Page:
We haven't seen devastating toxicity so far with the beta emitters, likely because they are weaker, but there is the danger with the alpha emitters that getting them into the wrong areas can lead to more toxicity, especially longer-term toxicity. In the anecdotal reports we've seen of targeting PSMA with the small molecules and small molecules, unlike the antibodies can get into these other areas of PSMA expression, can lead to severe toxicity such as xerostomia, which is when talking to a patient, if I'm going to die of prostate cancer and I'm going to have a dry mouth, no big deal. But occasionally these can really be devastating with the loss of taste, loss of teeth, inability to eat, so a major effect on the quality of life. We haven't yet seen any significant renal toxicity, but we also do not have any significant longterm followup.

We, as well as Bayer, have gone forward with Phase II studies using antibody targeting of PSMA. What we know based on physical properties, as well as when we've done immuno-PET, so using the antibody usually with thorium, we have prior studies looking at planar gamma emission as well, that we don't see any significant uptake in the salivary glands, the small bowel or the kidney, as would be predicted based on the physical properties.

Alicia Morgans: Wonderful. So for patients who are thinking about trying to get access to these therapies, are there clinical trials that are ongoing right now, looking at actinium or thorium, or any of these novel agents? And certainly, we know lutetium has been out and its large Phase III is now close to enrollment, but there may be lutetium trials out there as well. What would you recommend to patients?

Scott Tagawa: Number one, my suggestion is they act as their own advocates or their family acts as their advocate, as they're talking to their individual oncologist or urologist, to look around. Some of the time, so we're in New York right now, it's fairly easy to go to a number of different centers that are very close to each other. Some centers will have the same trials open, but some of the time, there'll be different trials, and some of the time it's worth some travel.

We know that that people from the United States that have means have gone to Germany for instance, for treatment outside of clinical trials. Why not do some travel in a more limited scope, within the United States for some of these trials, some of these treatments that are provided as part of clinical trials? So there are a number of earlier phase clinical trials using lutetium, whether it's with a small molecule or an antibody, as well as at least two trials using targeted alphas. So one is ours with the J591 antibody, developed my Neil Bander. And the other is Bayer's antibody, which they licensed from Progenics®, which has been started outside of the United States, but that Phase I will continue in the United States as well, as we're looking for different doses. Our particular trial has finished the dose escalation, so we've moved forward with an expansion, as we're opening additional repetitive dose trials, as well as combination trials.

Alicia Morgans: Absolutely. So going on clinicaltrials.gov, I think can be a really good place to start. Certainly, if you have any interest in traveling to New York, Dr. Tagawa is doing multiple studies and that's important. Hopefully, these studies will open up in more places. I know Dr. Sartor is in process of opening some and my hope is that we'll have some at multiple institutions across the country, to really give people access to these exciting therapies.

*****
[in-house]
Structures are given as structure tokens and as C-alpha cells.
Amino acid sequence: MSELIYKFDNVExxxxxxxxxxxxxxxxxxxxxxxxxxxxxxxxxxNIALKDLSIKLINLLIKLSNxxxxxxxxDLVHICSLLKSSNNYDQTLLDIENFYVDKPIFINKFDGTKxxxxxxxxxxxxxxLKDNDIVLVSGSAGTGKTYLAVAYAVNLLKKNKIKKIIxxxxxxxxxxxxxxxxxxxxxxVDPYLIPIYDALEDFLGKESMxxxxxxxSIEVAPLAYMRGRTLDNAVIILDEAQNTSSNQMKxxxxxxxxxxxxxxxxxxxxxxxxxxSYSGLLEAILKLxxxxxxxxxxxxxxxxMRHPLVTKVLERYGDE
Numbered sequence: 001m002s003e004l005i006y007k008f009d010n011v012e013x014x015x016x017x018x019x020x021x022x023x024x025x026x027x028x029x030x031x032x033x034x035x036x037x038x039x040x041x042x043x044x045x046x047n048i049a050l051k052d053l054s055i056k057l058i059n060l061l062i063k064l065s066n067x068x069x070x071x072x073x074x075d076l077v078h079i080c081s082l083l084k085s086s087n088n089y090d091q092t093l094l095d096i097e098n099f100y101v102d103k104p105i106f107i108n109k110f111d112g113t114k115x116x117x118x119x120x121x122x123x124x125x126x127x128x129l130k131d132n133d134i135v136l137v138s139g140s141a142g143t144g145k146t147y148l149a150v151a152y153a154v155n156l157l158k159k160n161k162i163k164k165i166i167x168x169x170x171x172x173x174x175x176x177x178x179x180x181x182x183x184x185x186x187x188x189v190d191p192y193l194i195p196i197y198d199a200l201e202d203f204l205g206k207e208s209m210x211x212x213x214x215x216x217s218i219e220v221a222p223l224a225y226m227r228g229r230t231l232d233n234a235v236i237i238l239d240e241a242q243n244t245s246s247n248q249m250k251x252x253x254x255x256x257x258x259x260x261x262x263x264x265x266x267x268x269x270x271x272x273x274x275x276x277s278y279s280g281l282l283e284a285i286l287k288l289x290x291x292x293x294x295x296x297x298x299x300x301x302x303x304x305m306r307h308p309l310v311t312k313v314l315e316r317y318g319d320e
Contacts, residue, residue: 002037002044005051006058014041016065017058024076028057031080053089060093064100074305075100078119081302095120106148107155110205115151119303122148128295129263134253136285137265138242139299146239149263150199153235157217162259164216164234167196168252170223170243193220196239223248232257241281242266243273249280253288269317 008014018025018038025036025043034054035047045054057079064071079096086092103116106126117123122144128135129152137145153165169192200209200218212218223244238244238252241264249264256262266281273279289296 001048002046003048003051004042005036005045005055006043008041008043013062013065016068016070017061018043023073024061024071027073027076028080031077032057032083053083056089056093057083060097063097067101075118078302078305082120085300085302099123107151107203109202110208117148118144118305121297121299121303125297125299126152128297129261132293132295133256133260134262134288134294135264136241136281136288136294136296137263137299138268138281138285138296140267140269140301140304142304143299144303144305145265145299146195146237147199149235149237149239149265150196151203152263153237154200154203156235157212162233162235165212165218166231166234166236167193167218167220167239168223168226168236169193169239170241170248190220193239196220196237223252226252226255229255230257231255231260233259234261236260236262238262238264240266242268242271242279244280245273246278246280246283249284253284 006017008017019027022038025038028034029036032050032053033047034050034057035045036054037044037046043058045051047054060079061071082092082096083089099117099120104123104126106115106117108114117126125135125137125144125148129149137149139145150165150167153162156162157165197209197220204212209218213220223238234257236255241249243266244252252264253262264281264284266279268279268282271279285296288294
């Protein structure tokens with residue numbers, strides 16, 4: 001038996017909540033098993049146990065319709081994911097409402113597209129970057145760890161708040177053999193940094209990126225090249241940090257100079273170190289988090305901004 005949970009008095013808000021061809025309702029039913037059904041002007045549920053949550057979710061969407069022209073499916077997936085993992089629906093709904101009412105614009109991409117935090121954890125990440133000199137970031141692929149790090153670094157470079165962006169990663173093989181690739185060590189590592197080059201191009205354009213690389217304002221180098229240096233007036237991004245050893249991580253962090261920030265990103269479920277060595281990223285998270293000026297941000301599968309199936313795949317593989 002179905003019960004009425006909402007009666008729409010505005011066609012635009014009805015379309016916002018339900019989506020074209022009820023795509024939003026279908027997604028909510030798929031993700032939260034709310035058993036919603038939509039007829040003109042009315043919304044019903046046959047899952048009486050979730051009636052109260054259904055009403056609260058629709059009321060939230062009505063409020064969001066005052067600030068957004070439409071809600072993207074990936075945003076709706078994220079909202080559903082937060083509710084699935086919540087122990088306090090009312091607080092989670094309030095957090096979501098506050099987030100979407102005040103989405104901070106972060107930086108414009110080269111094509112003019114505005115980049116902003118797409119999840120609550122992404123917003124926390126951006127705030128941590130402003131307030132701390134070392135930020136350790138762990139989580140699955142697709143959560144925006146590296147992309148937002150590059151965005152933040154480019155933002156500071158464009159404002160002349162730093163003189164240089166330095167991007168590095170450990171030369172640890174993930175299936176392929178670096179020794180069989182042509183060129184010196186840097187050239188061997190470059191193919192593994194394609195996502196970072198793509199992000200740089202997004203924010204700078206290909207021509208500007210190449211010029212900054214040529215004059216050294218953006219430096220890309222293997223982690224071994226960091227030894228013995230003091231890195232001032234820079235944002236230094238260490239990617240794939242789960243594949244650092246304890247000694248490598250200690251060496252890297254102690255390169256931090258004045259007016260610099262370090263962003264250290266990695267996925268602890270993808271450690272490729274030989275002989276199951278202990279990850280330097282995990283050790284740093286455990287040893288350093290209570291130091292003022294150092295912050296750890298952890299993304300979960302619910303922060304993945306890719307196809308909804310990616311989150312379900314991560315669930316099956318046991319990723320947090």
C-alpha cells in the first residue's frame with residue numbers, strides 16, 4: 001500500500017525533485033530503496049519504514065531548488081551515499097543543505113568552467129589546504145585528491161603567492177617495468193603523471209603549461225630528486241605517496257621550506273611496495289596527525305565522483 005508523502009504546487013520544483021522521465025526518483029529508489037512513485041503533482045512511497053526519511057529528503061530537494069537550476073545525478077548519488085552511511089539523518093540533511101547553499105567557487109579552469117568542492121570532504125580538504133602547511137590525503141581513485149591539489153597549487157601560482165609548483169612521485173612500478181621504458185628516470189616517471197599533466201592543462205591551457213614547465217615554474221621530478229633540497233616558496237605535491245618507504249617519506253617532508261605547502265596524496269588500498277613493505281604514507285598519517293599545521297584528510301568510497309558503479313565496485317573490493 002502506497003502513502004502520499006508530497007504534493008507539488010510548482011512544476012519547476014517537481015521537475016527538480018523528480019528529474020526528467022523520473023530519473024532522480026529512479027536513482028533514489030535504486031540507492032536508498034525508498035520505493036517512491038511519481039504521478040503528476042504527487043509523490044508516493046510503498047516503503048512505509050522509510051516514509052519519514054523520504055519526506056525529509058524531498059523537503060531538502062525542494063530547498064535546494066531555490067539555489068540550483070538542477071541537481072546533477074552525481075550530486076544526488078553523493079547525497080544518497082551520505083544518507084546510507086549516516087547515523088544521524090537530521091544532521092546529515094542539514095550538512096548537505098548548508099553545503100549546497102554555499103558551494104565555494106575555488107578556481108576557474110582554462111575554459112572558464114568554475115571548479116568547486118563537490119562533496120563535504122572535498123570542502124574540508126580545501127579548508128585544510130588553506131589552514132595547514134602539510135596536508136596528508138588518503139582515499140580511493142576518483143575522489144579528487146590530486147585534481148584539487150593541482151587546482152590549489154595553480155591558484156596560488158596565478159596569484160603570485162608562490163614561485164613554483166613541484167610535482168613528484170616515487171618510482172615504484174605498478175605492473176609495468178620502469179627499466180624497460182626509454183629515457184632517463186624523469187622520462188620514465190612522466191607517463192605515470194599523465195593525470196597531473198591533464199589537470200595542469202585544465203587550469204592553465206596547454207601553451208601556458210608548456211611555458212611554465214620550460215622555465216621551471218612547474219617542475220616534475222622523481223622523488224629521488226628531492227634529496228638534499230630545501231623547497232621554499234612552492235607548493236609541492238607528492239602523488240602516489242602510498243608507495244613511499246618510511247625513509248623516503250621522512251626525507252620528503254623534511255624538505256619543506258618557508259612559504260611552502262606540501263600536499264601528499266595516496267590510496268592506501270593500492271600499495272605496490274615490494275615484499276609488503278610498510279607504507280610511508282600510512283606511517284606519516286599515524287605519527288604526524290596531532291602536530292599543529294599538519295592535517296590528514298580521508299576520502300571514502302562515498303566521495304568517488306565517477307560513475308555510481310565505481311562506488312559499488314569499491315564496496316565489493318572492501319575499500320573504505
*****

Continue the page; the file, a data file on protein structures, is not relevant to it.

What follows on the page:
As you think about this whole landscape and think about what patients and clinicians should understand, what is your main overarching message regarding these radiopharmaceuticals and where this aspect of the field of treatment of prostate cancer is going?

Scott Tagawa: I think initially if we think ahead for a potential FDA label, I think it's going to be for late-stage disease. But what I anticipate is a nice combination in terms of an improvement in overall survival, or at least radiographic progression-free survival, as well as an improvement in symptomatic disease. So I think that'll be a nice combination because what we've seen to date is a lack of major toxicity. So that's the hypothesis and that'll be very nice for our patients to have hopefully in the near future.

What I'm looking forward to a little bit later is moving forward in terms of lines of therapy and for combinations. If we look at the target as a diagnostic type of a target, so PSMA PET for example, where we have someone that has primary therapy surgery or radiation, has a rising PSA. We know that we see sometimes, unfortunately, multiple sites of disease. So local salvage therapy is unlikely to lead to a cure. However, in that situation, whether it's alone or in combination with other therapy like hormone therapy as was mentioned, maybe PSMA targeted radionuclide therapy would then move into a salvage setting, where the goal is not just prolongation of life and improvement in the quality of life, it's actually a cure.

Alicia Morgans: Absolutely. So increasing the chances of cure, giving access to patients with very late-stage disease, and trying to do all of this in a way that is tolerable for patients so that they can live longer and feel well at the same time is a wonderful message and hope for the future. And I look forward to continuing conversations with you, as we see how this all unfolds. Thank you so much for your time.

Scott Tagawa: Thank you.